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November 24, 2003



Nonononono. Schopenhauer is the good guy.

Smith = bad guy = Nietzsche.
Neo = good guy = Schopenhauer.
Morpheus = all-pulverizer = Kant
Oracle = oracular = Hegel
Architect = Plato
Merovingian = Derrida
Machines = Randroids


Enthymeme, much as I like Schopenhauer, I must insist that the brothers have cast him as the villain.

I admit that Schopenhauer preached pity and the value of contemplating art, not the value of caving in Keanu's ribcage in the rain. Nevertheless, Smith preaches escape from the meaninglessness of the Matrix - count no man fortunate unless he has never been born; which corresponds to Schopenhauer's ethical message to deny the world as representation. The meaningless, ever-rotating wheel of desire - beneath which lies only seething will (humans at batteries). Everyone must realize they are all one will (Smith) and deny the world. And Smith as Schopenhauer - rogue Platonist, basically - fits with Smith's relation to the Architect.

Nietzsche is the inversion of this Schopenhauerian message, and it comes by way of amor fati - love of fate. Which is what the Oracle preaches. Although you are right that there is something Hegelian about her, just because there is something Spinozist about Hegel, to say the least. I will accept your emendation. But her line about not being able to see past choices you have already made unless you understand them - straight Spinoza. The Merovingian only seems like Derrida because he's ... so that way.



haven't seen revolutions yet, but I'll tell you why I really liked Reloaded; because the only real characters, meaning characters recognizable by dialogue alone, were programs.

If you were to present me with a text in the voice of the Oracle, The Architect, Smith(not so sure about Smith, much of his character is dependent on rhythm - not content), or the Merovingian I feel confident I would recognize it, even if it didn't use any of their known tropes. Neo, Morpheuz, Trinity, etc. are interchangeable, except when they're talking to each other of course. The only way you know that Morpheuz or Trinity can't be Neo is because otherwise they wouldn't be talking; and of course Morpheuz is recognizable by doing a count of how many times the word belief or believe comes up in a paragraph.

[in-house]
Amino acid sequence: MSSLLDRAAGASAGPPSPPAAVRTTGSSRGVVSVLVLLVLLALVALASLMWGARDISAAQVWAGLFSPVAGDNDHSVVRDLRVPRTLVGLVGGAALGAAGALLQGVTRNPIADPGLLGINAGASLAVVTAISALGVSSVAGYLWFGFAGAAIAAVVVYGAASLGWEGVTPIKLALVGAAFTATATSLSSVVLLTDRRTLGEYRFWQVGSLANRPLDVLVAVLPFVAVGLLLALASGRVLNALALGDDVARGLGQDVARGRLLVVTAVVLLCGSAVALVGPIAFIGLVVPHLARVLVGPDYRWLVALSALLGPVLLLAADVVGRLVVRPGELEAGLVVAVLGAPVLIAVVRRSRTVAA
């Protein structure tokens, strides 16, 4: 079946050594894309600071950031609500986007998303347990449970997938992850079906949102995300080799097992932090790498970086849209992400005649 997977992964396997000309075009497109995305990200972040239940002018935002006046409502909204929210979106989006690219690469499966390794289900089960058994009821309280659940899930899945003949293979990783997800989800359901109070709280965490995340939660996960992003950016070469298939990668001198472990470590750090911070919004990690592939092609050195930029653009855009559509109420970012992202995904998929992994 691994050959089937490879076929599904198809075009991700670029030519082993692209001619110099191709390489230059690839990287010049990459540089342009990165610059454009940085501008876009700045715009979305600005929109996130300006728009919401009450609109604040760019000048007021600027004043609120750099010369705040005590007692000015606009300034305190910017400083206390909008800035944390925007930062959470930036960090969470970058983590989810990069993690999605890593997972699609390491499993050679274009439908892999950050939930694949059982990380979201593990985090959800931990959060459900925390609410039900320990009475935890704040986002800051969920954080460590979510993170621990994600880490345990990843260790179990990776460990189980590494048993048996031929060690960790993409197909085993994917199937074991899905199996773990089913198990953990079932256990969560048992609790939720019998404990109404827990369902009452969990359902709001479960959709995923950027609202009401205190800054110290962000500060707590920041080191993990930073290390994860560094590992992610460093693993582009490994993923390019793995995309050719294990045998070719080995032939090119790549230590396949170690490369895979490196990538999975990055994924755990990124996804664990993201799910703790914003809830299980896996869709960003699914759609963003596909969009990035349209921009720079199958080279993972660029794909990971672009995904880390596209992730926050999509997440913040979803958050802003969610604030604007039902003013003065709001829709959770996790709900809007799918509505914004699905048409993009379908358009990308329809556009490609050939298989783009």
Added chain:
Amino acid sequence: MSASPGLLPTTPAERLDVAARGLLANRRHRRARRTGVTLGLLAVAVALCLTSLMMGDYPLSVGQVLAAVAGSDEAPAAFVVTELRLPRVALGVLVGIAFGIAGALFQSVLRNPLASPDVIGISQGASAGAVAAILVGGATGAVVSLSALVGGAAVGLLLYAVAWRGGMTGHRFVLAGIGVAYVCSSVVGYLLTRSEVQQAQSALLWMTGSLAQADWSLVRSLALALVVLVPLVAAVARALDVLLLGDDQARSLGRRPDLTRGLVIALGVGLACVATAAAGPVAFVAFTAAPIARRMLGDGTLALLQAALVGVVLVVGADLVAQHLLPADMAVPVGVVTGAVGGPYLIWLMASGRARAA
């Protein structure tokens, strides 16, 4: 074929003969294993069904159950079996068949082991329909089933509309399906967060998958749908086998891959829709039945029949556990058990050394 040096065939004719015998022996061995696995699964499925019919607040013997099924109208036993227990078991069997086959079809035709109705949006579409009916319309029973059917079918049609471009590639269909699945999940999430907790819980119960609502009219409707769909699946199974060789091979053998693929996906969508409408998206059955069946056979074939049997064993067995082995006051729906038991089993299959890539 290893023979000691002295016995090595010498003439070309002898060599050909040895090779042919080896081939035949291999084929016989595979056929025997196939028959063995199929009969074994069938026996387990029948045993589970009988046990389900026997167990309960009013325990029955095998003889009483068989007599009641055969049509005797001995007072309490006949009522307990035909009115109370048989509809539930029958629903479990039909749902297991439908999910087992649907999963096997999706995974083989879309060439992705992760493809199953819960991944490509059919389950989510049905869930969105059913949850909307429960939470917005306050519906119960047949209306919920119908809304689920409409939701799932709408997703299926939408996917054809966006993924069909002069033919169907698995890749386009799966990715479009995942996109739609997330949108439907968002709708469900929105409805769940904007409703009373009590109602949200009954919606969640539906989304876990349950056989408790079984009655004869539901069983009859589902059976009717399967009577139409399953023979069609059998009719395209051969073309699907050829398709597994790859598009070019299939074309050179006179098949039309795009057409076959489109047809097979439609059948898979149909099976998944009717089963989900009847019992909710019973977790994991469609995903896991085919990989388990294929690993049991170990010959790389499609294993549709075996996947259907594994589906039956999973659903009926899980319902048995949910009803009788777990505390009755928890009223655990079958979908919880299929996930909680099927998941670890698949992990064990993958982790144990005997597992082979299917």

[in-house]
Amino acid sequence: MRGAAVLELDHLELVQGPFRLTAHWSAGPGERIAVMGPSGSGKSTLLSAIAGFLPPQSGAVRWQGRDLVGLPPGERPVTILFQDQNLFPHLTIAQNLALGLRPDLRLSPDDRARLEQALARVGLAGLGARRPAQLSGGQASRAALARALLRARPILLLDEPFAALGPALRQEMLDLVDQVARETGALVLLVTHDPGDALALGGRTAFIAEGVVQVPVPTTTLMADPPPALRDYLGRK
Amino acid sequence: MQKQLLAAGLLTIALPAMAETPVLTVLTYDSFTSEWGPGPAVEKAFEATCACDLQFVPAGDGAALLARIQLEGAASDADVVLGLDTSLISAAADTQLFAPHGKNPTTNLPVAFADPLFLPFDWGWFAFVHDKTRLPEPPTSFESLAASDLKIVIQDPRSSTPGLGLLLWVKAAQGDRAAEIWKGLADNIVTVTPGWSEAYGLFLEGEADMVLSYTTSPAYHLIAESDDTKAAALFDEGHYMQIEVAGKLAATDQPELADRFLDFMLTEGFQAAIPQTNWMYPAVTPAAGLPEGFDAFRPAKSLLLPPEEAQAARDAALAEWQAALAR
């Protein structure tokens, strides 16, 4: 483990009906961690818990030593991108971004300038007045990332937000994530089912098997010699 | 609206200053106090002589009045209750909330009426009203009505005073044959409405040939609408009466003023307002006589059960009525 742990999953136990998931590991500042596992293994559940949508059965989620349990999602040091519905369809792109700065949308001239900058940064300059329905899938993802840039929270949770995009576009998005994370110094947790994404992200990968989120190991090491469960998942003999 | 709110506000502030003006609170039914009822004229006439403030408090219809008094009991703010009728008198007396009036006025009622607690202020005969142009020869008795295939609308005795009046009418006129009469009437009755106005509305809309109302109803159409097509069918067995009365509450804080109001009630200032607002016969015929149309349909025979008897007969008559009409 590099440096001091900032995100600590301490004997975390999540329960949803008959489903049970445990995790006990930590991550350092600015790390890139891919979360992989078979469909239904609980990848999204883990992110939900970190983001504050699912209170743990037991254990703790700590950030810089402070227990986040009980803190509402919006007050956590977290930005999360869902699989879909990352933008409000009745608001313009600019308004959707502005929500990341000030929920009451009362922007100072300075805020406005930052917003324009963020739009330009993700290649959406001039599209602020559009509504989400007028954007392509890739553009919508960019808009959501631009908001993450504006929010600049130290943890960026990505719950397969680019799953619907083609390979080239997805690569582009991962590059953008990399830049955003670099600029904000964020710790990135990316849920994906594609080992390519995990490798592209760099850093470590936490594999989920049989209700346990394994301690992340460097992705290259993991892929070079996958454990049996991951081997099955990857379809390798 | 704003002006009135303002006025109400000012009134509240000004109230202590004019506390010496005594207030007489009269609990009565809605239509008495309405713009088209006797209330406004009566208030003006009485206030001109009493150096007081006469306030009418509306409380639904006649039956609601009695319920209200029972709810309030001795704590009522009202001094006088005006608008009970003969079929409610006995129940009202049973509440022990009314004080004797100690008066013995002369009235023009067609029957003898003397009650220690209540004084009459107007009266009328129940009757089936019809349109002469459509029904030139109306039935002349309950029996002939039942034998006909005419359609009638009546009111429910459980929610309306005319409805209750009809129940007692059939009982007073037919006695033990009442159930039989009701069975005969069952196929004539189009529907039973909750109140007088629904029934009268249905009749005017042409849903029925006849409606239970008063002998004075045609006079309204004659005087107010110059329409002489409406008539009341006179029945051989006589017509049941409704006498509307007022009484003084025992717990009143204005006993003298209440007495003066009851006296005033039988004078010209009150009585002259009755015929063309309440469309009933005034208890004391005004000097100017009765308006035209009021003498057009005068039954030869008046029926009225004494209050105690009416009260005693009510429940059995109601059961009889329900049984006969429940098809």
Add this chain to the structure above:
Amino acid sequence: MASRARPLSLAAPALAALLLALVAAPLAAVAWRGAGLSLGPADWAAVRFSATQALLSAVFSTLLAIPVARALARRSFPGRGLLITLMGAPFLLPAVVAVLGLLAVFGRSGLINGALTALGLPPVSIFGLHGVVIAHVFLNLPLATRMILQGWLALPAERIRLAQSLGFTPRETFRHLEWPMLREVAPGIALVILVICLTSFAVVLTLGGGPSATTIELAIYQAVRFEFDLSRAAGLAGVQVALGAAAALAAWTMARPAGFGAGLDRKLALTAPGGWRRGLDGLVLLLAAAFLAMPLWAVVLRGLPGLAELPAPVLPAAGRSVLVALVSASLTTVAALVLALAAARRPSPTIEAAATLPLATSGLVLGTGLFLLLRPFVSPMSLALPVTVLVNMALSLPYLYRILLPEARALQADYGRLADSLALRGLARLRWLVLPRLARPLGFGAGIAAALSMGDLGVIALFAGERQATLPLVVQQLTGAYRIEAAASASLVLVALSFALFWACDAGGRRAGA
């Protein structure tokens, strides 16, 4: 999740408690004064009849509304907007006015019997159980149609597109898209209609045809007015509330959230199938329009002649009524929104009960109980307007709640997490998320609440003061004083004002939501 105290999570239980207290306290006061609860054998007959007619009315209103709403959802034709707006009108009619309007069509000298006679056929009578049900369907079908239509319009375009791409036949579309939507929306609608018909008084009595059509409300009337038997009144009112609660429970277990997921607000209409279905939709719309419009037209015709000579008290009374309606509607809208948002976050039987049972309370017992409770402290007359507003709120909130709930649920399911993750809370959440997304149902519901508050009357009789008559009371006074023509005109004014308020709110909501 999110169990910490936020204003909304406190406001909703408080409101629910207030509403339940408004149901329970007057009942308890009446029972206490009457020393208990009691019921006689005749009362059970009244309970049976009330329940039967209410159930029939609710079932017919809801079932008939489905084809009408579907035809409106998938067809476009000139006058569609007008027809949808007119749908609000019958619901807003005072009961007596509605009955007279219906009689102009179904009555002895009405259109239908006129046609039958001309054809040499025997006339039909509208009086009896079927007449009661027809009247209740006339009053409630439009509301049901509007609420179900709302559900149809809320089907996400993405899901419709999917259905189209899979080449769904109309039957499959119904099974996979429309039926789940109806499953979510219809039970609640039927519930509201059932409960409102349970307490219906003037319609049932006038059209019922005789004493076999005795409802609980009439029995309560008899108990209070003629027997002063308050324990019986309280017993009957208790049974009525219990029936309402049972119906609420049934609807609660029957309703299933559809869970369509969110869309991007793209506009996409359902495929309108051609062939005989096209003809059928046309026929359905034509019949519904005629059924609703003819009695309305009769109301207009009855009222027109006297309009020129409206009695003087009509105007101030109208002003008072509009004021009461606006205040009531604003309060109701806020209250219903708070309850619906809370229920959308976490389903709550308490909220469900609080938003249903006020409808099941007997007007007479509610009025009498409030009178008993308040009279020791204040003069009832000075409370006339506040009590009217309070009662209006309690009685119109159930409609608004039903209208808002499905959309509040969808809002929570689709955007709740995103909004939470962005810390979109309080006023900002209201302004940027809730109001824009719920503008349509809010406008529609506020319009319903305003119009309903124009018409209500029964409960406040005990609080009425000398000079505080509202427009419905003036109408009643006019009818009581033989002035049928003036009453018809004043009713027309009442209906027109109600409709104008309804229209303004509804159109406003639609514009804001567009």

This struck me as an interesting, and thought out behavior, with pleasing connotations for the meaning of literary character as a concept.

otherwise it also reminded me of the first matrix where Smith says something like: "...once we began to think for you, it really became our civilization."

Walt Pohl

My complaint about Matrix Revolutions was that it didn't seem to mean anything. It didn't really expand my understanding of the movies' world. If you really think it answered your questions, I'd be curious to hear what you thought the answers were.


Nice one sir.

But Schopenhauer denies both will and representation! He preaches the negation of the will, because it is the will which gives rise to desire and thence suffering. This corresponds to Neo's wish to free humanity from the Mayan veil of illusion (representation) and enslavement (will). (Trinity's death is itself an allegory: love dying = part of the process of denying one's will = attainment of non-suffering and enlightenment.)

Why would Smith want to stop Neo from rebooting the Matrix? Answer: Because Smith denies the spin of Ixion's wheel! He doesn't want rebirth. Having (almost) mastered the world of phemomena - he doesn't want to lose the thrill of embracing representation. Like Nietzsche, Smith is in effect placing primacy on the world of representation - anything over and above representation is without reality, without significant import for him.

Nietzsche's love of fate underscores my case. For it is the world as representation that is determinist. For Schopenhauer, freedom of the will stems from outside of the world of phenomena. Smith is himself enamoured of fate after the absorption of the Oracle. Ergo he embraces the world as representation where fate has purchase. Nietzsche is will-to-life affirming, fate-loving and hung up on phenomena. To embrace life is to take pleasure in phenomena as well as to suffer its attendant evils. A fortiori Nietzsche is Smith. Schopenhauer is will-to-life denying, and is keen to transcend phenomena by escaping both its pleasures and its suffering; which entails denying both will and representation in a non-destructive way (e.g. suicide not allowed). Clearly then, Schopenhauer is Neo. QED.


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